“I will not die an unlived life. I will not live in fear of falling or catching fire. I choose to inhabit my days, to allow my living to open me, to make me less afraid, more accessible, to loosen my heart until it becomes a wing, a torch, a promise. I choose to risk my significance; to live so that [that] which came to me as seed goes to the next as blossom and that which came to me as blossom, goes on as fruit.” Dawna Markova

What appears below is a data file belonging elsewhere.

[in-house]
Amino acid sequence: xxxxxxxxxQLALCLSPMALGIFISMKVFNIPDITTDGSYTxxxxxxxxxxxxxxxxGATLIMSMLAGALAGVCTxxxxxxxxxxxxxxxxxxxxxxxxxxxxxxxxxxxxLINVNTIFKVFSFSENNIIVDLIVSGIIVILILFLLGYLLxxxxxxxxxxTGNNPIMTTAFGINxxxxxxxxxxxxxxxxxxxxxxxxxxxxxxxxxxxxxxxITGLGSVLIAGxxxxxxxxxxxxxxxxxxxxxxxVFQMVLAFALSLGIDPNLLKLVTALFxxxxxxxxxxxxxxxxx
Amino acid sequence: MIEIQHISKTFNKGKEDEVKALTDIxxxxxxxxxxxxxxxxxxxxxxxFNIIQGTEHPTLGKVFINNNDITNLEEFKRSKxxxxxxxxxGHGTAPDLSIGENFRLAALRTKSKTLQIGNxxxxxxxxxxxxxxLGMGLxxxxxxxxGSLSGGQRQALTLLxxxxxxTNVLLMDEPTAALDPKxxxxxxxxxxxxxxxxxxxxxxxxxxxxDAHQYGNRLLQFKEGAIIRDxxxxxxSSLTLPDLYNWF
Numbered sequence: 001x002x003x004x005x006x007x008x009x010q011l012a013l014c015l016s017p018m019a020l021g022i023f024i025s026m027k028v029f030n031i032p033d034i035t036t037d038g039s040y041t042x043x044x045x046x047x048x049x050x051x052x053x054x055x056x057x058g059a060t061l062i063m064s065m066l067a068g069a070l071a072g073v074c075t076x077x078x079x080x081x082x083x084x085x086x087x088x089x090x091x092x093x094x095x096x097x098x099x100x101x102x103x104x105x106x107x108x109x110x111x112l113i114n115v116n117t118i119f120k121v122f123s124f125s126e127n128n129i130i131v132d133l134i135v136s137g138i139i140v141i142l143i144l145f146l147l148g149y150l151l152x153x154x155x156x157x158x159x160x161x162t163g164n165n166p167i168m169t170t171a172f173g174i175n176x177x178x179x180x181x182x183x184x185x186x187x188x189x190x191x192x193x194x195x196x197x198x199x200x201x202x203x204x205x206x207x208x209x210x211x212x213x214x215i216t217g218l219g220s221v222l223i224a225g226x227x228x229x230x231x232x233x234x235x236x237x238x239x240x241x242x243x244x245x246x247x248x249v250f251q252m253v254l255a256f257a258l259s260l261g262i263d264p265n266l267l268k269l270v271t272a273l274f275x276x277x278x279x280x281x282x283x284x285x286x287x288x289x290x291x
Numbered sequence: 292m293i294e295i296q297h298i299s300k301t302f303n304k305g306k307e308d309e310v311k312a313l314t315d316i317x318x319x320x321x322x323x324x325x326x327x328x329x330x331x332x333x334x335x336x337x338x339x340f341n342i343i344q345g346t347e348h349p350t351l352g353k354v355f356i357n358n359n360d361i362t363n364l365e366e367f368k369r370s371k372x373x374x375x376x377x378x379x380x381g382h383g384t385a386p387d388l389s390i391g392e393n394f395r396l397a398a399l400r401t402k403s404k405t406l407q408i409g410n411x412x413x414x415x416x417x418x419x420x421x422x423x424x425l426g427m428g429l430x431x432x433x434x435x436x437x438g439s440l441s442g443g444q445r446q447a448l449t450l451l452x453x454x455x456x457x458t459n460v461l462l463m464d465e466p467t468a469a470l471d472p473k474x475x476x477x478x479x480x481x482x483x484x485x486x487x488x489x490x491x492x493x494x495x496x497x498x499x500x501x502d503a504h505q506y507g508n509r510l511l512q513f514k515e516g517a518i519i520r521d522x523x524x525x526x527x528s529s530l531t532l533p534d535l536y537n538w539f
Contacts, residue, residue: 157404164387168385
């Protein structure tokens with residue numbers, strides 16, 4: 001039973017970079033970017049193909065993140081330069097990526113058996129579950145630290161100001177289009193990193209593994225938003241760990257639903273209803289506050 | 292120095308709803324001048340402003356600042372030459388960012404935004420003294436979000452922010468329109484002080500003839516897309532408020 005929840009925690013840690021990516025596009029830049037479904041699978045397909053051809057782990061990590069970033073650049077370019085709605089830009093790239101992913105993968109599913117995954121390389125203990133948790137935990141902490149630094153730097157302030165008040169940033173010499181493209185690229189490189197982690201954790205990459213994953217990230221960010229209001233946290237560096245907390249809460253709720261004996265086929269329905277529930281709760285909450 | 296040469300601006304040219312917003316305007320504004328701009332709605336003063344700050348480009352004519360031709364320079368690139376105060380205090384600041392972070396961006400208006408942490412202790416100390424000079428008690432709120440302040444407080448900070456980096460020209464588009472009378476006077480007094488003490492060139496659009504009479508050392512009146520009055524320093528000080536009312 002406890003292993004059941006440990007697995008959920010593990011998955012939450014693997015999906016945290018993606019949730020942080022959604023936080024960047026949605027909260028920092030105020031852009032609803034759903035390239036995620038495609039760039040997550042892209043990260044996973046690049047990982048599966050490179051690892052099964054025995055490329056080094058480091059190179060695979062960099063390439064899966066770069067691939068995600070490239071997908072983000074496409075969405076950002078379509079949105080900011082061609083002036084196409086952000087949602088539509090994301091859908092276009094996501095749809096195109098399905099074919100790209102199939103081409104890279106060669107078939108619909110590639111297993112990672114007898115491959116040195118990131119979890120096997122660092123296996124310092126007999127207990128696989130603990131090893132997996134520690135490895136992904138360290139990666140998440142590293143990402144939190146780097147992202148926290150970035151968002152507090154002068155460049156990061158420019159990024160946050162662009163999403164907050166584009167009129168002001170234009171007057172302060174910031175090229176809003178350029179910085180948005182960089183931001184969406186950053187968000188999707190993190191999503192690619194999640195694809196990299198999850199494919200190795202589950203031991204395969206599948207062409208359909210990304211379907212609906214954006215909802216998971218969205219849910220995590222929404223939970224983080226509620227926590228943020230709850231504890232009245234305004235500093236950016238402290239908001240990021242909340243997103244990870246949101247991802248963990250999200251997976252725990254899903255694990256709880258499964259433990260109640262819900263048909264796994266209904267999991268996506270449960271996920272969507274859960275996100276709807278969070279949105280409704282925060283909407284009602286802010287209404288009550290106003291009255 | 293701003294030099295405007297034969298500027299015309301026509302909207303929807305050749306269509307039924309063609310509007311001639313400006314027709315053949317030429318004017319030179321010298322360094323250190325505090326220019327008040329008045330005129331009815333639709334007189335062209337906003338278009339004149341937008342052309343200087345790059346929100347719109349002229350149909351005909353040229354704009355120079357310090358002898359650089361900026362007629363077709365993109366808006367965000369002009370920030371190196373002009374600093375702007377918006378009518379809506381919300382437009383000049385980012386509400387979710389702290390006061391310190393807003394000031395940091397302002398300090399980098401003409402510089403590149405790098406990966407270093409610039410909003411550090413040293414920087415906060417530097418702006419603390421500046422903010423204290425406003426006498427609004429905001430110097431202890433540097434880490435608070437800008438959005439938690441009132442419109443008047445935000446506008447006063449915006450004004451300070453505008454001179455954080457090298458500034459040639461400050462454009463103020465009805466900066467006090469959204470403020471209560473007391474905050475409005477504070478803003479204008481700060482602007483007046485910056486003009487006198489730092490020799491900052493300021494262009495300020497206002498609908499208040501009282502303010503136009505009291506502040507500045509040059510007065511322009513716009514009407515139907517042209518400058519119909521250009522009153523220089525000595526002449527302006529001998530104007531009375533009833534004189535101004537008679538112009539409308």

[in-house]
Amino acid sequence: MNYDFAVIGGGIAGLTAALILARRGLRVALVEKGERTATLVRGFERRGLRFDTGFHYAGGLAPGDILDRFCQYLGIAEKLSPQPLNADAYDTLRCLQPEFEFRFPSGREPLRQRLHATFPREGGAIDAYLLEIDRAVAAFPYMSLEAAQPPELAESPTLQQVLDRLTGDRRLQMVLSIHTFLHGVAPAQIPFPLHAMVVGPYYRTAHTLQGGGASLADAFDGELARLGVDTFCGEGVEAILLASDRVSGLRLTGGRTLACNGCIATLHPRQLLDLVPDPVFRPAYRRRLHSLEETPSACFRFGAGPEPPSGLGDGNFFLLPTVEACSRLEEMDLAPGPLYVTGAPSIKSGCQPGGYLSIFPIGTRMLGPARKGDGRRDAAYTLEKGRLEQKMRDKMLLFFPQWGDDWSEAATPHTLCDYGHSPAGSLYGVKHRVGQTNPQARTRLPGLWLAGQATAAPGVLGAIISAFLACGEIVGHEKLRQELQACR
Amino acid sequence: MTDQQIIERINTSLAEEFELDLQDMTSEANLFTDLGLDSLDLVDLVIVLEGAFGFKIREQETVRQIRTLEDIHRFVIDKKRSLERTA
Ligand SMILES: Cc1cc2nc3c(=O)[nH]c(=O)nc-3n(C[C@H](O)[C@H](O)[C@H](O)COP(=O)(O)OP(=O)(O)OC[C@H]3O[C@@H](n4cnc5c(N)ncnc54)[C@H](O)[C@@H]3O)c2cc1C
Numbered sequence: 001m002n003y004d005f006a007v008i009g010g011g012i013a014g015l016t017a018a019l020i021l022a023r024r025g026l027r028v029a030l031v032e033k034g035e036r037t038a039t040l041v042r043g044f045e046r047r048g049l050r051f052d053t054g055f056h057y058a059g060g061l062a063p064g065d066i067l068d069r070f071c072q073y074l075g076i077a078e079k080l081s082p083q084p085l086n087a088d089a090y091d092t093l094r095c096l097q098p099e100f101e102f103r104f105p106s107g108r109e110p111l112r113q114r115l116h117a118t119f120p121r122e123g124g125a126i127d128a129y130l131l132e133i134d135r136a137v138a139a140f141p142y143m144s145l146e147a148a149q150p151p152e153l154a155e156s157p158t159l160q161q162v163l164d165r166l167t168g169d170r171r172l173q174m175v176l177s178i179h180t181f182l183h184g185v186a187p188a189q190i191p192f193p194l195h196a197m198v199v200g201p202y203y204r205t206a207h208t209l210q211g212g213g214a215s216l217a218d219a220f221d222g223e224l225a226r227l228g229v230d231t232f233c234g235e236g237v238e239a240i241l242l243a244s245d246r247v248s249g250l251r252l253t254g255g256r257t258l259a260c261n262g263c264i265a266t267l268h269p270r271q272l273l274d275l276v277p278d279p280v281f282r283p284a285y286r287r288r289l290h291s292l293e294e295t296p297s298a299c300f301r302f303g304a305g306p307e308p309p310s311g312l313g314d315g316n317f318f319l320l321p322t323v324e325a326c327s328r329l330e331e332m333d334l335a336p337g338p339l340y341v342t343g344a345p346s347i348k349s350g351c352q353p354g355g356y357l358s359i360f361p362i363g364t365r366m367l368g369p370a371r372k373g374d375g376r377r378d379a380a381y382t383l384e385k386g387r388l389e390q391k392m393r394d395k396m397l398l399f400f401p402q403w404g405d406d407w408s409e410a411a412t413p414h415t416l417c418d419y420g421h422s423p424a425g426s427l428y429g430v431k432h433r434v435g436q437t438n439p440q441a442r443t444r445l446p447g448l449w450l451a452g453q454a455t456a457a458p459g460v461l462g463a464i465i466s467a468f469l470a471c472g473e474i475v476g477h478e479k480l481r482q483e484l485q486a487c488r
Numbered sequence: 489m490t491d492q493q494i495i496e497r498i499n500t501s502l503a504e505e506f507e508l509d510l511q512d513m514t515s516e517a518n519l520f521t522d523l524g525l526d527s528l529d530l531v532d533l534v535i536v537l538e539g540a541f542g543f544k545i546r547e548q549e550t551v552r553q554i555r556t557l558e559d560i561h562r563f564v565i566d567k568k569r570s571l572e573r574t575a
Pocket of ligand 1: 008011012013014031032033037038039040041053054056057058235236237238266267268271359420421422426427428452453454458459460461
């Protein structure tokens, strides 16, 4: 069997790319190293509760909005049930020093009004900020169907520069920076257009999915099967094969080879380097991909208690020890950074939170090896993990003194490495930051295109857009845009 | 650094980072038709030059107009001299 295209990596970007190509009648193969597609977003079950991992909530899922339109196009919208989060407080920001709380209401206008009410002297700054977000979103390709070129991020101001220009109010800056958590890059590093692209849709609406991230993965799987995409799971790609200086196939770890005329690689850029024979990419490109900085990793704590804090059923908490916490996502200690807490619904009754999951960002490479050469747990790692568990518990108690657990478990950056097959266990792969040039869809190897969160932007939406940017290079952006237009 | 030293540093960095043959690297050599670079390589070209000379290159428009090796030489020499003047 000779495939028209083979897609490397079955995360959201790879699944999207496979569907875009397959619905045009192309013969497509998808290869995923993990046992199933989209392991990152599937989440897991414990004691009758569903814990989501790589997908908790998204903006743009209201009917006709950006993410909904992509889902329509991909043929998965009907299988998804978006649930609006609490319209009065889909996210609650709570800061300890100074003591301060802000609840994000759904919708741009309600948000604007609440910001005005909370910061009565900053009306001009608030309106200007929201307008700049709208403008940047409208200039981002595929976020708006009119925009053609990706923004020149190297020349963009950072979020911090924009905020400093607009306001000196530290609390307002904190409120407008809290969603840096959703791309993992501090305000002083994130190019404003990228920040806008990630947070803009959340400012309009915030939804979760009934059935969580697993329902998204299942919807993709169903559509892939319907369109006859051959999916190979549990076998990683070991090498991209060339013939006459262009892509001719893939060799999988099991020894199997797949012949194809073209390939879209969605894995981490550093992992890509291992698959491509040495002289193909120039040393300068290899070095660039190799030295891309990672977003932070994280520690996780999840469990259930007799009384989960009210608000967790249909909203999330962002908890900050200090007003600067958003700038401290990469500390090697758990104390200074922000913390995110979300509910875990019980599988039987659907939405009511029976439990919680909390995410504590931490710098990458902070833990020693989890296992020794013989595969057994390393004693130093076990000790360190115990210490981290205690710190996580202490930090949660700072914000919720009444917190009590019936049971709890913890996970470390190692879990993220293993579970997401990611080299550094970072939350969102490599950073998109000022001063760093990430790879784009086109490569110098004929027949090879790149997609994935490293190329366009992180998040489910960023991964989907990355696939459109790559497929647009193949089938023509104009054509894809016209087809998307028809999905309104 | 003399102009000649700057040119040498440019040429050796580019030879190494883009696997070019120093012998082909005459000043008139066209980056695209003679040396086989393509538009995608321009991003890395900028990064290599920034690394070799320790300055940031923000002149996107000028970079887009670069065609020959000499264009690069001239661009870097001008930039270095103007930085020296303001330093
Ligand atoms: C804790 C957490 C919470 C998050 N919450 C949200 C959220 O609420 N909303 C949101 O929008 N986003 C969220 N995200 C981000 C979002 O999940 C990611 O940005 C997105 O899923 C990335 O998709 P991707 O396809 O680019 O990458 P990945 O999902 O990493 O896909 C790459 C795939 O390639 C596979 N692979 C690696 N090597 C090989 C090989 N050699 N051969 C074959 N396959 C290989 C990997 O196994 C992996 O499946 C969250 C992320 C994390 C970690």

Cape Mental Health’s Employee of the Year 2011 “In today’s world of work people change jobs more frequently, whether motivated by the desire for change or a bigger paycheck. So when I reveal that I am in my 16th year at Cape Mental, people may think I lack ambition or a sense of adventure. “In defence of my long service I need to say that I have not been complacent in any way. Having served as Head of the Administration Department in my first three years at CMHS and now in my second stint of managing the Donor Development team, I continue to face fresh challenges and set higher standards for myself. I have stayed long enough to take responsibility not only for the successes, but also for the disappointments that have followed in the wake of some of my decisions. I remain humbled by the work of our social workers, rehabilitation workers, trainers, and care workers — and inspired by the excellent leadership and proud history of the organisation.” Over the years Sandra Ellis has managed the Public Education portfolio, chaired the Employment Equity Forum, made a contribution to the Training and Development Strategic Unit and the Advocacy and Marketing Pillar, and been a pivotal member of the organizing committees of the CMH Conference in 2008 and the 2011 World Congress of the World Federation for Mental Health. She has been part of an enthusiastic team that developed the ‘corporate image’ of the organisation, our marketing materials and training manuals, the CMH logo and, more recently, the development of our new slogan ‘all about ability’. Her contribution as a fundraiser has spanned raising funds for operational costs, working on capital projects, running mail campaigns, securing gifts in kind, and helping a committed team to host the Cape Town International Kite Festival each year.